For more information on the use of the quotes, scripture translation, art and this resource in other settings, please refer to the copyright information page.

Love One Another = Laying Down Your Life

Prostrate by Richard Seah

John 15:12-13 (NRSV)
Jesus said, “This is my commandment, that you love one another as I have loved you. No one has greater love than this, to lay down one’s life for one’s friends.”

Only a few hours earlier, Jesus had told his disciples that there was no greater love than the willingness to lay down one’s life for a friend. And then, he himself did it!
– Steve Harper, Good Friday Love

And so, where there is love, what can be wanting? and where it is not, what is there that can possibly be profitable? The devil believes, but does not love: no one loveth who doth not believe. – Augustine of Hippo

Wherever people love each other
and are true to each other
and take risks for each other,
God is with them and for them
and they are doing God’s will.
– Frederick Buechner, Secrets in the Dark

What does love look like?
It has the hands to help others.
It has the feet to hasten to the poor and needy.
It has eyes to see misery and want.
It has the ears to hear the sighs and sorrows of men.
That is what love looks like.
-Augustine of Hippo

I believe God wants us to love others so much that we go to extremes to help them.
– Francis Chan, Crazy Love: Overwhelmed by a Relentless God

And like our Savior, who poured out His life and blood so we have reason to rejoice, we were made to lay down our lives and give until it hurts. We are most alive when we are loving and actively giving of ourselves because we were made to do these things. It is when we live like this that the Spirit of God moves and acts in and through us in ways that on our own we are not capable of. This is our purpose for living. This is our hope. “And hope does not put us to shame, because God’s love has been poured out into our hearts through the Holy Spirit who has been given to us” (Rom. 5:5).
– Francis Chan, Forgotten God: Reversing Our Tragic Neglect of the Holy Spirit

Jesus does not ask me to die for Him, but to lay down my life for Him. Peter said to the Lord, “I will lay down my life for Your sake,” and he meant it (John 13:37). He had a magnificent sense of the heroic. For us to be incapable of making this same statement Peter made would be a bad thing— our sense of duty is only fully realized through our sense of heroism. Has the Lord ever asked you, “Will you lay down your life for My sake?” (John 13:38). It is much easier to die than to lay down your life day in and day out with the sense of the high calling of God.
– Oswald Chambers, My Utmost for His Highest

Christ has no body now but yours
No hands, no feet on earth but yours
Yours are the eyes through which He looks
Compassion on this world
Christ has no body now on earth but yours
-attributed to Teresa of Avila

Let us touch the dying, the poor, the lonely and the unwanted according to the graces we have received and let us not be ashamed or slow to do the humble work.
-Mother Teresa

1 John 3:11, 14-16 (NRSV)
For this is the message you have heard from the beginning, that we should love one another…. We know that we have passed from death to life because we love one another. Whoever does not love abides in death. All who hate a brother or sister are murderers, and you know that murderers do not have eternal life abiding in them. We know love by this, that he laid down his life for us—and we ought to lay down our lives for one another.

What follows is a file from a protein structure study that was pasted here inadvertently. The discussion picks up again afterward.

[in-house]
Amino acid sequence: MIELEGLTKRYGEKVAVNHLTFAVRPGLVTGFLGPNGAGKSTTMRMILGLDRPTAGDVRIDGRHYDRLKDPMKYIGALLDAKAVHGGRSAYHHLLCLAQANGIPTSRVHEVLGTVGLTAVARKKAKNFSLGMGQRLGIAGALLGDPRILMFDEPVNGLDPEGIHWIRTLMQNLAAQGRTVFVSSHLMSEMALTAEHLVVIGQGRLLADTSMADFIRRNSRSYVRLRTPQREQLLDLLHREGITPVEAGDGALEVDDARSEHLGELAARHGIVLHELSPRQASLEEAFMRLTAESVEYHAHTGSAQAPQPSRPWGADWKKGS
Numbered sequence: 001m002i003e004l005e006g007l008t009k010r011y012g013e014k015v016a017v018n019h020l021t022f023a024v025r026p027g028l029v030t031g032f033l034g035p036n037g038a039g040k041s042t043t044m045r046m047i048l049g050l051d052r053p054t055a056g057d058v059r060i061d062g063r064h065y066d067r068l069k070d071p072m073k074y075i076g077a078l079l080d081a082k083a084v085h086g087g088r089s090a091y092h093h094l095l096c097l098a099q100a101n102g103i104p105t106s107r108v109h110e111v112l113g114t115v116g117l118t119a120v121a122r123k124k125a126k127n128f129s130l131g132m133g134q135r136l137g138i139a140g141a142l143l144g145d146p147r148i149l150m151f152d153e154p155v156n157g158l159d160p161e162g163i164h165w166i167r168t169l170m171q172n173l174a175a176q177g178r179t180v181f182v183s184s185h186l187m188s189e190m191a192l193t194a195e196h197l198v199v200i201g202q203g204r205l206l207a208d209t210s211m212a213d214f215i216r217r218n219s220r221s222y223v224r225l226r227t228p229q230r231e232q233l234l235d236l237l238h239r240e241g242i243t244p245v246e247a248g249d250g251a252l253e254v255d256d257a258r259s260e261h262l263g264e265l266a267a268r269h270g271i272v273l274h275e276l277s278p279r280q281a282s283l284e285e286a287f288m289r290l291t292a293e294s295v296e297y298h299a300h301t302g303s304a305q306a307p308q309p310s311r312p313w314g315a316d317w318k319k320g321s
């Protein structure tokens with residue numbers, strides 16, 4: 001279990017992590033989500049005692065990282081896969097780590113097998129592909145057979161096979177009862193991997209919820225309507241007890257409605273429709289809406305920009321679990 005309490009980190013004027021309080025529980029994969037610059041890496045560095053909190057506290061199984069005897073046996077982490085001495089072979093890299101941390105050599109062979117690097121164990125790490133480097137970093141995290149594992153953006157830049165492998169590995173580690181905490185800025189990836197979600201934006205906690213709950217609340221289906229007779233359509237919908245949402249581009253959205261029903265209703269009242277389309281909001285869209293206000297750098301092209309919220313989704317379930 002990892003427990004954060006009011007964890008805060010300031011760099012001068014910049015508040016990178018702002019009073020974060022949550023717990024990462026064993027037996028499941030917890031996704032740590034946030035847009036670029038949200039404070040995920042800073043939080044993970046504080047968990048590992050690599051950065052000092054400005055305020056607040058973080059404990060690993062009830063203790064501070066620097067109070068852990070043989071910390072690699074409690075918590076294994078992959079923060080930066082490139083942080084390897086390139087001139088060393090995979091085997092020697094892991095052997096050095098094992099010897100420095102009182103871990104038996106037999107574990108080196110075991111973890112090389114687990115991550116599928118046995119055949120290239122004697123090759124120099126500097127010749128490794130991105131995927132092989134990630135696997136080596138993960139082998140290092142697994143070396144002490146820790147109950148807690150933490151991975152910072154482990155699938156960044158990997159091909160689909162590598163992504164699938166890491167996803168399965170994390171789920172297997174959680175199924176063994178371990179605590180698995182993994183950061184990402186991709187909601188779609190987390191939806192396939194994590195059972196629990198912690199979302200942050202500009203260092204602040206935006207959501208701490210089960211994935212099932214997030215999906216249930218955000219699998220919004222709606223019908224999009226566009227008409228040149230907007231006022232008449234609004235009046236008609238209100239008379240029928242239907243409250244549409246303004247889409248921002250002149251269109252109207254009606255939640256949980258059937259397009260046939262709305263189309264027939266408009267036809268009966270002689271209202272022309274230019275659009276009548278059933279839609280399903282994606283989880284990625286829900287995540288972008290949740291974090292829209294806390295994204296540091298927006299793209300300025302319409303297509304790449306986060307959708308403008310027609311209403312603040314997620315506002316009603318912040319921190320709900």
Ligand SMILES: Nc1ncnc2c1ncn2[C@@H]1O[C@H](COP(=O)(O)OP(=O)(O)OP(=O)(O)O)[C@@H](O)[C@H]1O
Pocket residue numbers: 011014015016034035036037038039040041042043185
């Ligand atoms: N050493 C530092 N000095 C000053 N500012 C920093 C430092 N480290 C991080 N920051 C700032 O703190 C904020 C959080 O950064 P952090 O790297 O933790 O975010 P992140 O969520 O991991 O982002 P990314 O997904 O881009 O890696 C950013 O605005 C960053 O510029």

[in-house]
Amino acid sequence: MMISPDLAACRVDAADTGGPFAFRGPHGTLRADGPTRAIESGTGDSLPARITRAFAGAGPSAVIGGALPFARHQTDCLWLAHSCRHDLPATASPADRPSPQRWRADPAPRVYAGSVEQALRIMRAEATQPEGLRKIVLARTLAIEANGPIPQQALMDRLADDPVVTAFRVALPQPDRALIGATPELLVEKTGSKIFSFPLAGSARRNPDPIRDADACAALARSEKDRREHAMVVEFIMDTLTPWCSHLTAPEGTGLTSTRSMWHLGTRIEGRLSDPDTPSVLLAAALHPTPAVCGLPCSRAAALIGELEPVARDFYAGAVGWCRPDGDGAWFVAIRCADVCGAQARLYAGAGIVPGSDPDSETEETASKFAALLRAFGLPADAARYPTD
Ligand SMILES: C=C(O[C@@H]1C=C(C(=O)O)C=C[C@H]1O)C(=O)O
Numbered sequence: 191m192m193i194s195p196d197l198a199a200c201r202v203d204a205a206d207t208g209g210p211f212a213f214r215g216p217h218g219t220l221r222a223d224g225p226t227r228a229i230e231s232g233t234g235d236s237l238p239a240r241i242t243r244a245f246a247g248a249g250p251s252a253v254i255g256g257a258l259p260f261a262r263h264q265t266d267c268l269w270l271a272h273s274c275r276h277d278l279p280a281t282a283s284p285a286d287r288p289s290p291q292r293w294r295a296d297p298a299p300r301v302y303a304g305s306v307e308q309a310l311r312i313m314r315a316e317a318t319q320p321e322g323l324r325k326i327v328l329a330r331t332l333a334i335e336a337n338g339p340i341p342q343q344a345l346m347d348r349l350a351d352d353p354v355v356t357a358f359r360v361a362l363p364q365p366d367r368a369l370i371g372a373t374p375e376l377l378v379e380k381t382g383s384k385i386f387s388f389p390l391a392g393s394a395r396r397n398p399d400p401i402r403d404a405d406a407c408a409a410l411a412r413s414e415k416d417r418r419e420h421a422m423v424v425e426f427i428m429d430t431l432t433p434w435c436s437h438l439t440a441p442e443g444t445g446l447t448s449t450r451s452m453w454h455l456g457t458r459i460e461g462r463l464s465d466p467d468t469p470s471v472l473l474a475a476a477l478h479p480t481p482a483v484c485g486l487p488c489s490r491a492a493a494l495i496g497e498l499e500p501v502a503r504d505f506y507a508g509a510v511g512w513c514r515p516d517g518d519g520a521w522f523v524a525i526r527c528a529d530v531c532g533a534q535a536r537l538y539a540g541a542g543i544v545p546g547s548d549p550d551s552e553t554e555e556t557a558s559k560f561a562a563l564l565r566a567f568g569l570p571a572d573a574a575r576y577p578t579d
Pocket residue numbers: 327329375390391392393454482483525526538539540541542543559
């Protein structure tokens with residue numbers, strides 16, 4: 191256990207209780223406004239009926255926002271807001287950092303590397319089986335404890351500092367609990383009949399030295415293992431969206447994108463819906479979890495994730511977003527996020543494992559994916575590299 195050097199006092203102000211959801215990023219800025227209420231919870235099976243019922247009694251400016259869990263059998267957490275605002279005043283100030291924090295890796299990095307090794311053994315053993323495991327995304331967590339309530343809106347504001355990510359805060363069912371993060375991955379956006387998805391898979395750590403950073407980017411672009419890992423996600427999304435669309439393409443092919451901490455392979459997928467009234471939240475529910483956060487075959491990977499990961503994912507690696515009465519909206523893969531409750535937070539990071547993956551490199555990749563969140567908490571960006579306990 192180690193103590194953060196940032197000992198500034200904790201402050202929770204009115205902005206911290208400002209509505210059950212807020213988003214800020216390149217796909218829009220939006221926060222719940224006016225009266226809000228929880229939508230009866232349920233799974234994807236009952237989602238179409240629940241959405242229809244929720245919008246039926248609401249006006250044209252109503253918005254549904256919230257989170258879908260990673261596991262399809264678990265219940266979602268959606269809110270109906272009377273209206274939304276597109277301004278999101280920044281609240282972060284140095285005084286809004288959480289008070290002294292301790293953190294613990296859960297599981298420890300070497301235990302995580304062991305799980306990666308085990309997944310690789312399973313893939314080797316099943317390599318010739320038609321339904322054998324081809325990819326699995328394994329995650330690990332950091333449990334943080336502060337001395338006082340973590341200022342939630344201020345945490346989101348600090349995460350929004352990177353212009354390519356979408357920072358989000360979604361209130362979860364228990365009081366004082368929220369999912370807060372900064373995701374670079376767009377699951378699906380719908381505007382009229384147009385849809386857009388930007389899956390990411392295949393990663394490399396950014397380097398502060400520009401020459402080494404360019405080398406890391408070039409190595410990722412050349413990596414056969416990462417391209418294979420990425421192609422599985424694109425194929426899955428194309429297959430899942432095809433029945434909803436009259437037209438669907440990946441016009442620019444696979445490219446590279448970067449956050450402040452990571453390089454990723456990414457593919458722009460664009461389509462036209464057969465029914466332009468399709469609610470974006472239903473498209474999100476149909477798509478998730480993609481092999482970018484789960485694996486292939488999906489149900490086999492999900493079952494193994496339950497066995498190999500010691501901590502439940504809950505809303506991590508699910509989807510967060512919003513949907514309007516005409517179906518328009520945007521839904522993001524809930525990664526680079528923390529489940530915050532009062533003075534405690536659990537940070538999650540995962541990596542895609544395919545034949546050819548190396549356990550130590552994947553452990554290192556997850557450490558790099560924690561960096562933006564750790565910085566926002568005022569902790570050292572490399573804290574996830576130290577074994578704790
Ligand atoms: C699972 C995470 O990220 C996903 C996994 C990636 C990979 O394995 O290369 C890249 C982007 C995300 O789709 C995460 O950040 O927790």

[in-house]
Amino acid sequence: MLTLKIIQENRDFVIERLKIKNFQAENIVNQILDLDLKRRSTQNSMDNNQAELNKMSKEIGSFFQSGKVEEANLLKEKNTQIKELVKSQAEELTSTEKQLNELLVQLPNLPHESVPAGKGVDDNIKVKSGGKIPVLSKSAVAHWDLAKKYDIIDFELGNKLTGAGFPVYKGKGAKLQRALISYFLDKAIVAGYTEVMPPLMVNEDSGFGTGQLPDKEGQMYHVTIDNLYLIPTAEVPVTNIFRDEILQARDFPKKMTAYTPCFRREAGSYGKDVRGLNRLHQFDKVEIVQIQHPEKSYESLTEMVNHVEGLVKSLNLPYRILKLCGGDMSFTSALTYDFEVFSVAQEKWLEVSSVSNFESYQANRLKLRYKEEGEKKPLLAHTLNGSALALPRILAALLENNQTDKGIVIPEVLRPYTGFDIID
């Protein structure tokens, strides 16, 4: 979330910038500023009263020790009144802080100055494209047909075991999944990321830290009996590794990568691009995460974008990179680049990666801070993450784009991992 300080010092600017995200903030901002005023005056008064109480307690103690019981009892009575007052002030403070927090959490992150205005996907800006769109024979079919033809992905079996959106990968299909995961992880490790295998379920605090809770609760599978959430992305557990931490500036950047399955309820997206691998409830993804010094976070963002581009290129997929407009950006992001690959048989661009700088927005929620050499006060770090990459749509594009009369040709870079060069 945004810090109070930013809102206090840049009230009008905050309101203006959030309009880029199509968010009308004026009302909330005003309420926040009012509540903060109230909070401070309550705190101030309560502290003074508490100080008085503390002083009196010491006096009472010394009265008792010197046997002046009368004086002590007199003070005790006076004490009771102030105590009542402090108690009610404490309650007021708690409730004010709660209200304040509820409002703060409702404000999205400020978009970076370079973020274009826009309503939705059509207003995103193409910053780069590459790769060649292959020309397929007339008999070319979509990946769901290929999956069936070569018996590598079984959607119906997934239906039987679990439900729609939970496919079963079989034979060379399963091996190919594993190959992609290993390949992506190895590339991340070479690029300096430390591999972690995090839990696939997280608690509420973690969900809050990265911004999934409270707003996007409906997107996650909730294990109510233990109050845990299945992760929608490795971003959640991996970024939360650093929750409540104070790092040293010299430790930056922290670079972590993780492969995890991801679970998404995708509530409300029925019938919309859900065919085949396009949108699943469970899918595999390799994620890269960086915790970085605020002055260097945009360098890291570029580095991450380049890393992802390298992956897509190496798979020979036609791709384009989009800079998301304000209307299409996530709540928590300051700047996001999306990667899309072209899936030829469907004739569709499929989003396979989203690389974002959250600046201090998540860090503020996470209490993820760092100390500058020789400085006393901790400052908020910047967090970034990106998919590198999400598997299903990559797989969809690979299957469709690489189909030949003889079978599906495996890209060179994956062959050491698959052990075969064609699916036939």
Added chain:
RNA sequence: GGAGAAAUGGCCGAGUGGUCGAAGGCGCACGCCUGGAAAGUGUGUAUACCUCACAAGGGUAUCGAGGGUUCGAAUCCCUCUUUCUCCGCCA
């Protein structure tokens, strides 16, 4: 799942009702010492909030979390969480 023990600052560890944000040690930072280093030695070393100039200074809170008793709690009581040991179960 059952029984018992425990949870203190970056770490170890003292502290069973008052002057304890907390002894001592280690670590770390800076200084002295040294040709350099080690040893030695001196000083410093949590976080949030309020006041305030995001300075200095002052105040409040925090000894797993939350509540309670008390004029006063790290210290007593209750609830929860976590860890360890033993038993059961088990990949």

Once you find your delight
in your neighbor’s well-being,
you are never far from the road to joy.
The opportunities for parties are endless!
Any moment, you can bless someone
undeserving, and there you are—
celebrating again!

Lay down your mortal life,
your little scrap of cloth,
and you are left with nothing at all
but the infinite delight of God.

When the little cage of your life
is battered and smashed,
out flies the bird
that never stops singing.
– Steve Garnaas-Holmes, Unfolding Light

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Click here for more excellent work by today’s featured artist, Richard Seah

For more information on the scripture translation, art and the use of this devotional in other settings, please refer to the copyright information page.

Life and Death

Life and Death in Black and White by David Boyd, Jr

James 4:13-14 (NRSV)
Come now, you who say, “Today or tomorrow we will go to such and such a town and spend a year there, doing business and making money.” Yet you do not even know what tomorrow will bring. What is your life? For you are a mist that appears for a little while and then vanishes.

Why, in a world full of mayhem, disasters, and death in every city (spent much time in hospitals lately?) are people so shocked by death? I can think of a reason — because God has placed in our hearts the expectation that life will go on, despite all the contrary evidence. God has placed eternity in our hearts. – Ben Witherington, from his blog The Bible and Culture

Funerals are as much collective meditations as tearful goodbyes to one person. We use the departed life as a lens to assess our own. – Catherine Porter, Shelagh was Here

Preparing for death is one of the most empowering things you can do.
Thinking about death clarifies your life.
Candy Chang, Before I die, I want to…

Death helps us to see what is worth trusting and loving and what is a waste of time.
– J. Neville Ward